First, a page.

Get_preds returning less results than length of original dataset

(Tyler Morgan) #1

I set up a tabular learner with with 30k samples, 20k of which I set aside for validation, giving me 10k for training. When I fit the model and return the training predictions I get a list with two tensors both with 9984 elements, instead of 10k as I’d expect. When I run it for the validation set I get 20k elements.

I’m using the following method calls to get the predictions for training and validation respectively:
learn.get_preds(ds_type=DatasetType.Train) learn.get_preds(ds_type=DatasetType.Valid)

I’m not sure what’s going on. I’m assuming that the learner is dropping rows for some reason – maybe as part of the preprocessing? I’m hoping that someone can lead me towards why this happening.

Any help would be appreciated.


The training dataloader drops the last batch if it doesn’t have bs elements. That’s because small batches lead to instability in training, particularly with BatchNorm. With a batch of size 1 we would even get an error from pytorch.

If you want all your training data, you can ask DataSet.Fix, which is the training set with shuffle=False and drop_last=False, ideal for evaluation.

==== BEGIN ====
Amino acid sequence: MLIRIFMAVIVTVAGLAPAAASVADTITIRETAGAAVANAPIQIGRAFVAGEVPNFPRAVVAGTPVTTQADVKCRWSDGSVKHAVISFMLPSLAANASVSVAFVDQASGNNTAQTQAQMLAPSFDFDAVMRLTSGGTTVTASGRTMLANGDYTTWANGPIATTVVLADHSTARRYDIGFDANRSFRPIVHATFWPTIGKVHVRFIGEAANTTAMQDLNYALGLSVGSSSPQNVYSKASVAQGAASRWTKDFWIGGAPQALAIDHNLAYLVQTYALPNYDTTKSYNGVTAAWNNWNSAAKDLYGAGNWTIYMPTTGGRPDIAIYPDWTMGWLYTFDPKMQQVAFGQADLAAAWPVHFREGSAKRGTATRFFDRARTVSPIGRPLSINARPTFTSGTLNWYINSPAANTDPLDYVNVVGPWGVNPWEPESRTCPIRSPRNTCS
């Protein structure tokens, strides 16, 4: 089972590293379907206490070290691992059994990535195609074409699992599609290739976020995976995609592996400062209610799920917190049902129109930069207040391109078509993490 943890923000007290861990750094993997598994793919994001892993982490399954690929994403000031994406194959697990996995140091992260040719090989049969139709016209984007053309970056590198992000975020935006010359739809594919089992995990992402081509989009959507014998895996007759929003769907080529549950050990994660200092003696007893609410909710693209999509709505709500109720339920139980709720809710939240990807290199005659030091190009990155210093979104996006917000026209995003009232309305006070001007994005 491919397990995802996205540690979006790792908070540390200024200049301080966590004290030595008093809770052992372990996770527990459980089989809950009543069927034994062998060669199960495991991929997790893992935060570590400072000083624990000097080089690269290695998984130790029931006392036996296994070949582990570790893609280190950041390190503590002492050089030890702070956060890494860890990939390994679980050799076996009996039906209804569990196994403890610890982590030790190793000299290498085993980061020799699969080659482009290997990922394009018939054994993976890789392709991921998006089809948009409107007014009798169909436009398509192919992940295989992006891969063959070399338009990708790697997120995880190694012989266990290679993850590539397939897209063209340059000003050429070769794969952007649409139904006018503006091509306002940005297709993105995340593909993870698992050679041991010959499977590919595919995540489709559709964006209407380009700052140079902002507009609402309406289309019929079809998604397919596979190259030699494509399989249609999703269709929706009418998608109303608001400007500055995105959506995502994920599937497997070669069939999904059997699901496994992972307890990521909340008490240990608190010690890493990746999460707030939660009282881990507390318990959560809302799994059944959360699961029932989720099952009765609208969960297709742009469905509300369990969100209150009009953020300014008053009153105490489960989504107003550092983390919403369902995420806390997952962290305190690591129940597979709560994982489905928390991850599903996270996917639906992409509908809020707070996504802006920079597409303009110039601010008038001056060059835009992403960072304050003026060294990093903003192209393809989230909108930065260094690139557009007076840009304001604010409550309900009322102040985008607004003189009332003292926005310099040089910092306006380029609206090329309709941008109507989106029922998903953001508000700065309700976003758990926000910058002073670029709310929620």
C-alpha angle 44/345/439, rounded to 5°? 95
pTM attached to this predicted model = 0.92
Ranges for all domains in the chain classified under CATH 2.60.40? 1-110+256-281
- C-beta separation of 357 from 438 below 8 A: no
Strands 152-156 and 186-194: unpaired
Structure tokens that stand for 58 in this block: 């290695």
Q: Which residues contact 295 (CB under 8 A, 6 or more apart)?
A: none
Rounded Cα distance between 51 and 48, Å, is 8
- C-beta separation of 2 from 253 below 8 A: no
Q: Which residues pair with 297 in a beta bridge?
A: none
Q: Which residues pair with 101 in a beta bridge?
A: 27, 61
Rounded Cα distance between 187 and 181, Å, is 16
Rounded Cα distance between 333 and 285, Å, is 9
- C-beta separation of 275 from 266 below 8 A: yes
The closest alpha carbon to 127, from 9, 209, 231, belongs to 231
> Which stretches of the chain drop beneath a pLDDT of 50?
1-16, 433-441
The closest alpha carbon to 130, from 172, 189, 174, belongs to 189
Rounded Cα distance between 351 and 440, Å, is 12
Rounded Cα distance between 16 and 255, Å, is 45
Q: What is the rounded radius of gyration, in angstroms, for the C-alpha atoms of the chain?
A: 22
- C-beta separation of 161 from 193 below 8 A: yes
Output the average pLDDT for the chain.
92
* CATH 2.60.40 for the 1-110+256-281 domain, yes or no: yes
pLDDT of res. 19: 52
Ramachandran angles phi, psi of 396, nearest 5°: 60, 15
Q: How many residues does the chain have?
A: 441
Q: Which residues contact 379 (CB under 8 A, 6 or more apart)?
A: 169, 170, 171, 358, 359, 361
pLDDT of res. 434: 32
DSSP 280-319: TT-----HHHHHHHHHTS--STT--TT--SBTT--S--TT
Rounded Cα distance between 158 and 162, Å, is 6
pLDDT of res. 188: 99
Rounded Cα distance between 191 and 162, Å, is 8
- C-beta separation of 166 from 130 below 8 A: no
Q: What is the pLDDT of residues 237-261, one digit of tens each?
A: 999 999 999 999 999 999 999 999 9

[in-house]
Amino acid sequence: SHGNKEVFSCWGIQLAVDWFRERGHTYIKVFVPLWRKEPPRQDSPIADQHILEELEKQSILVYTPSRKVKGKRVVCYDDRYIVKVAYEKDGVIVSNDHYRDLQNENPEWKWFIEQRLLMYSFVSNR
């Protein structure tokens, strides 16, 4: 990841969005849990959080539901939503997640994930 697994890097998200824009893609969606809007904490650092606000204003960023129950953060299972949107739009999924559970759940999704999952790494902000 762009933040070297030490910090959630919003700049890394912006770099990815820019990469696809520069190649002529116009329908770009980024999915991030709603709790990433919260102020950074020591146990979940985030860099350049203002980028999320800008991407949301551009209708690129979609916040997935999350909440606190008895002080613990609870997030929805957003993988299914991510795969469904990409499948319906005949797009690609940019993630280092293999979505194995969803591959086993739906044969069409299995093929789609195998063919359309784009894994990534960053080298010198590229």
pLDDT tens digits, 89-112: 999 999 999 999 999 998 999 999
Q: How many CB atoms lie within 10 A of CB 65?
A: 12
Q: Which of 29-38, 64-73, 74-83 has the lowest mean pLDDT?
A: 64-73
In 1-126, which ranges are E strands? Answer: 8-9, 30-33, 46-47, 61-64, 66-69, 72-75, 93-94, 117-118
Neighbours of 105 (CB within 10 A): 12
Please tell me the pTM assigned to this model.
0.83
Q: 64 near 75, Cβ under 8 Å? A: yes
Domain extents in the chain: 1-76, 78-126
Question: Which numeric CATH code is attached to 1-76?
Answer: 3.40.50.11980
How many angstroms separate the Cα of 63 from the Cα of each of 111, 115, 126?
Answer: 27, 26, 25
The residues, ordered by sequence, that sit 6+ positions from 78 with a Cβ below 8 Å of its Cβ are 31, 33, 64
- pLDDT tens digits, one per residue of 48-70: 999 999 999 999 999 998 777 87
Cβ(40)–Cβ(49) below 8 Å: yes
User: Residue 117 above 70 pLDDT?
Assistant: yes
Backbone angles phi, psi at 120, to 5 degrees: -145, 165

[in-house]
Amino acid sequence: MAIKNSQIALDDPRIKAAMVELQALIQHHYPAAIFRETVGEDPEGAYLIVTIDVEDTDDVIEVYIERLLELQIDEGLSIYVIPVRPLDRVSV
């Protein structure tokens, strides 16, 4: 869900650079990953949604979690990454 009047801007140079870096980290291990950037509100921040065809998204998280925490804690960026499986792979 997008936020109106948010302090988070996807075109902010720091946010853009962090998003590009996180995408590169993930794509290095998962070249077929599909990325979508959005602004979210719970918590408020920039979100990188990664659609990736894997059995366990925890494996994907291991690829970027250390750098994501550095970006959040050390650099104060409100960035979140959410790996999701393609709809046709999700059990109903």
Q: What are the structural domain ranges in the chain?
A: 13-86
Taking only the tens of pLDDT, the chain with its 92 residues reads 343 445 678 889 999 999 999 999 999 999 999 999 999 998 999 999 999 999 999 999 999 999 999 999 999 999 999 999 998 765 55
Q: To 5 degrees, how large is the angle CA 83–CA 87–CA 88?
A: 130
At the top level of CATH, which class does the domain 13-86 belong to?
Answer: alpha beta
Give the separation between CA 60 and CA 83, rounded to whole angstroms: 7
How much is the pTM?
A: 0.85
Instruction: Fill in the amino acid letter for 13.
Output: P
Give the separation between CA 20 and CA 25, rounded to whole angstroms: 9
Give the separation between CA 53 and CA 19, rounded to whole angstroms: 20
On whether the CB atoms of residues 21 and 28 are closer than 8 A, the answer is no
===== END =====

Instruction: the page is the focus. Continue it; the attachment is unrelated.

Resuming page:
NLP prediction - predict batch
(Tyler Morgan) #3

Thanks for the knowledge! I’ll give this a shot.

(Tyler Morgan) #4

Here’s some clarification for anyone else coming alter – DataSet.Fix is the training set and it already has shuffle=False and drop_last=False. I read the original comment incorrectly as I needed to set run DataSet.Fix and set shuffle=False and drop_last=False somewhere. Just run get_preds(ds_type=DatasetType.Fix) on your learner and you’re good to go!

TIL trying to compare unshuffled actuals to shuffled predictions gives you some really terrible results:sweat_smile:

(Avi A) #5

Thanks! This is exactly what I needed as well. Does this work predict only on the data in the training set but also on the data in the valid/test sets?


The validation and test set aren’t shuffled.

(Avi A) #7

yes, that makes a lot of sense. Thanks Sylvain!